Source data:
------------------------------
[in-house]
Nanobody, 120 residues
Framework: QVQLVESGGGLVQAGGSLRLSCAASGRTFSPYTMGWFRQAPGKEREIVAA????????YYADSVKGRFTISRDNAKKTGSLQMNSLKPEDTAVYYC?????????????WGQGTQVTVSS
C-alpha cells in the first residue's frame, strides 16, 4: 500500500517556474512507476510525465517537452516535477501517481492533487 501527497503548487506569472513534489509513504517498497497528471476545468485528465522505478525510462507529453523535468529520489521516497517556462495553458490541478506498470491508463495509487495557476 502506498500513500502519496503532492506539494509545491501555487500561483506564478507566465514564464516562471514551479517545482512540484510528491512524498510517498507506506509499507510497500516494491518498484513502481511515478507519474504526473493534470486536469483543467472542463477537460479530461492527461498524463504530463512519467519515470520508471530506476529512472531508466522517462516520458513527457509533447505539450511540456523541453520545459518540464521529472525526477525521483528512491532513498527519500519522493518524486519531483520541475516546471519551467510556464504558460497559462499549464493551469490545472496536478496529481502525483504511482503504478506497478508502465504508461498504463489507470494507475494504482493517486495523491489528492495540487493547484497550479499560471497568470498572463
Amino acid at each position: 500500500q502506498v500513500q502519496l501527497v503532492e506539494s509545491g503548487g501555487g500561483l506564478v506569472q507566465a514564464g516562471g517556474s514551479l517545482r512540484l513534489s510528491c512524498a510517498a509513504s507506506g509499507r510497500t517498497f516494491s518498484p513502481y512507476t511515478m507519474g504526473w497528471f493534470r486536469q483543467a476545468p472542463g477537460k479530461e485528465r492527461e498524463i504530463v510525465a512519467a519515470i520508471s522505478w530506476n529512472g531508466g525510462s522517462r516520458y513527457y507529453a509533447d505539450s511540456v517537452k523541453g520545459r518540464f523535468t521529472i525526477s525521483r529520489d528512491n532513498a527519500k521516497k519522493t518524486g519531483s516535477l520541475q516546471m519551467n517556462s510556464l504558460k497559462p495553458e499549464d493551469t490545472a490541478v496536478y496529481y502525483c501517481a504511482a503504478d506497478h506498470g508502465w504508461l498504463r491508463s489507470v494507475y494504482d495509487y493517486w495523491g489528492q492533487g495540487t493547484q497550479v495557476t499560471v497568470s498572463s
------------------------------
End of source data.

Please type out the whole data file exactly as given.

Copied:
[in-house]
Nanobody, 120 residues
Framework: QVQLVESGGGLVQAGGSLRLSCAASGRTFSPYTMGWFRQAPGKEREIVAA????????YYADSVKGRFTISRDNAKKTGSLQMNSLKPEDTAVYYC?????????????WGQGTQVTVSS
C-alpha cells in the first residue's frame, strides 16, 4: 500500500517556474512507476510525465517537452516535477501517481492533487 501527497503548487506569472513534489509513504517498497497528471476545468485528465522505478525510462507529453523535468529520489521516497517556462495553458490541478506498470491508463495509487495557476 502506498500513500502519496503532492506539494509545491501555487500561483506564478507566465514564464516562471514551479517545482512540484510528491512524498510517498507506506509499507510497500516494491518498484513502481511515478507519474504526473493534470486536469483543467472542463477537460479530461492527461498524463504530463512519467519515470520508471530506476529512472531508466522517462516520458513527457509533447505539450511540456523541453520545459518540464521529472525526477525521483528512491532513498527519500519522493518524486519531483520541475516546471519551467510556464504558460497559462499549464493551469490545472496536478496529481502525483504511482503504478506497478508502465504508461498504463489507470494507475494504482493517486495523491489528492495540487493547484497550479499560471497568470498572463
Amino acid at each position: 500500500q502506498v500513500q502519496l501527497v503532492e506539494s509545491g503548487g501555487g500561483l506564478v506569472q507566465a514564464g516562471g517556474s514551479l517545482r512540484l513534489s510528491c512524498a510517498a509513504s507506506g509499507r510497500t517498497f516494491s518498484p513502481y512507476t511515478m507519474g504526473w497528471f493534470r486536469q483543467a476545468p472542463g477537460k479530461e485528465r492527461e498524463i504530463v510525465a512519467a519515470i520508471s522505478w530506476n529512472g531508466g525510462s522517462r516520458y513527457y507529453a509533447d505539450s511540456v517537452k523541453g520545459r518540464f523535468t521529472i525526477s525521483r529520489d528512491n532513498a527519500k521516497k519522493t518524486g519531483s516535477l520541475q516546471m519551467n517556462s510556464l504558460k497559462p495553458e499549464d493551469t490545472a490541478v496536478y496529481y502525483c501517481a504511482a503504478d506497478h506498470g508502465w504508461l498504463r491508463s489507470v494507475y494504482d495509487y493517486w495523491g489528492q492533487g495540487t493547484q497550479v495557476t499560471v497568470s498572463s